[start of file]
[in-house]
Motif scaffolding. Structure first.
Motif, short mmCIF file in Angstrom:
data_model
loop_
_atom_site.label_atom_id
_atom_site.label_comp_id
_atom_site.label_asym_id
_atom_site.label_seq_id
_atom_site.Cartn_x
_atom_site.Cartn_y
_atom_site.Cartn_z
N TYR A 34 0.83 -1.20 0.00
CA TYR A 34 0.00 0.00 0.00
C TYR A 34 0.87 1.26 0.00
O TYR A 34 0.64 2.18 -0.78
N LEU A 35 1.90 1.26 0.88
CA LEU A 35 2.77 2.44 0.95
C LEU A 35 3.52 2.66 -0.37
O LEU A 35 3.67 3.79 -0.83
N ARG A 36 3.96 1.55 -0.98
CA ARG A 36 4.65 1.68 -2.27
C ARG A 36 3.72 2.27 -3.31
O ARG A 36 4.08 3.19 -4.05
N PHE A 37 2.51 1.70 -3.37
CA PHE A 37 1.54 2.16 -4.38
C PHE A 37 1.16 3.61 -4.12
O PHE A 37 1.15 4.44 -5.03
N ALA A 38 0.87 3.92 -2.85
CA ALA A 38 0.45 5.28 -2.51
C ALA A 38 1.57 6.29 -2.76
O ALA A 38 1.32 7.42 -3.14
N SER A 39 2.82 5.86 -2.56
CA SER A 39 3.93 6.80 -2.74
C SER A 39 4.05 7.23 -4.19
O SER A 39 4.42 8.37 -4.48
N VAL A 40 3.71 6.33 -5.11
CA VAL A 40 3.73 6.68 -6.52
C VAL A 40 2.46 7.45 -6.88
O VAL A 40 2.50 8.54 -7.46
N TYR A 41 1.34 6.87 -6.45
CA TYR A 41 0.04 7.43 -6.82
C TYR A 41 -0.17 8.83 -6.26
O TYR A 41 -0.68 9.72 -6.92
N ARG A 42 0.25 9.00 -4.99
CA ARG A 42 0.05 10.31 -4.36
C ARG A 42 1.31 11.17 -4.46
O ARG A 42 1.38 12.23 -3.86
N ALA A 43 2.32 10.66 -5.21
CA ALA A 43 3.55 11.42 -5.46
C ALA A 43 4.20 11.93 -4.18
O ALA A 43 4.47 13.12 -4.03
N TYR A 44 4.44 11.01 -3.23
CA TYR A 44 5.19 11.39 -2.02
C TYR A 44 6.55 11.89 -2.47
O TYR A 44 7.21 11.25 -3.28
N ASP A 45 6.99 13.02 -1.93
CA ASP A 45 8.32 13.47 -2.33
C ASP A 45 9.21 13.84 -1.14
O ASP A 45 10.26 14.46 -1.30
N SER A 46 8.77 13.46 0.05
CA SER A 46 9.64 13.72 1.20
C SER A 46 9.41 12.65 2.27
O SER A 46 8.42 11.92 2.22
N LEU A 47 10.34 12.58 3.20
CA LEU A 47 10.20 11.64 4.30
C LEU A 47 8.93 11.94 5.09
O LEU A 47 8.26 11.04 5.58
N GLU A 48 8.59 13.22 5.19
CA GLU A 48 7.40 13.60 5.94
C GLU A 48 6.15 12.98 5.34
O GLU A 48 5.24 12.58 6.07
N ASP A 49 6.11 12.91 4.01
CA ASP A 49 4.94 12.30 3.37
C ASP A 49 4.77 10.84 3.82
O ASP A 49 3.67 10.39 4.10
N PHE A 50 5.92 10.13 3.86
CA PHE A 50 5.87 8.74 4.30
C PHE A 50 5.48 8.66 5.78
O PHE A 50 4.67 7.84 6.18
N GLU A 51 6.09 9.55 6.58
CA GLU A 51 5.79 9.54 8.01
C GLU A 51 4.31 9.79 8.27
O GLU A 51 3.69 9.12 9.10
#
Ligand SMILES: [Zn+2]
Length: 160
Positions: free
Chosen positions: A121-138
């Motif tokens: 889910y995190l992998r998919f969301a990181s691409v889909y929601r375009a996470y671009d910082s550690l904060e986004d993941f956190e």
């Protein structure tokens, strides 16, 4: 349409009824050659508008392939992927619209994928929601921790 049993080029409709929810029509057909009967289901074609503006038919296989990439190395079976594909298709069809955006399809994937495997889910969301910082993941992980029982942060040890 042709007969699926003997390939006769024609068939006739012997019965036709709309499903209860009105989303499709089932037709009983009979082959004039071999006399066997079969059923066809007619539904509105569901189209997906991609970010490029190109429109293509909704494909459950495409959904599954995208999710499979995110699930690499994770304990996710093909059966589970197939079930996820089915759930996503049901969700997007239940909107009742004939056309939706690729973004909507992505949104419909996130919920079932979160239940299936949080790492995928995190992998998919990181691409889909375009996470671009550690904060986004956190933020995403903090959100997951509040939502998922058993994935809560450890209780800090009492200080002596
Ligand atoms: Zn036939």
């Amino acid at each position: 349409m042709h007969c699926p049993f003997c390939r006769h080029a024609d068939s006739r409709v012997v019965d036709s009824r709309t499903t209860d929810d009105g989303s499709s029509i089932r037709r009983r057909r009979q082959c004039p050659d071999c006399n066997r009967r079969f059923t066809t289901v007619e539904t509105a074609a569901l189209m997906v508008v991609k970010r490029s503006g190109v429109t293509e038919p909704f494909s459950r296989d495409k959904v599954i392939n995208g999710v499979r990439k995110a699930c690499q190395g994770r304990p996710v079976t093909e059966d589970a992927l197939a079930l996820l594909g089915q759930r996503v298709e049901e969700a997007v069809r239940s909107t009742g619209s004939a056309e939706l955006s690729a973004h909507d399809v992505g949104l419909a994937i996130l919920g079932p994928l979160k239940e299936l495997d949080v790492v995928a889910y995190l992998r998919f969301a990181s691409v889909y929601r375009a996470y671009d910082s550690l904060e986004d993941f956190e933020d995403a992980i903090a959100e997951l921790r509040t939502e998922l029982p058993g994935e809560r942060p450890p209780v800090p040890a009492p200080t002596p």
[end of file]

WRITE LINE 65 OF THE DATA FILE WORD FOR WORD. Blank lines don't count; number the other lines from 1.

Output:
N LEU A 47 10.34 12.58 3.20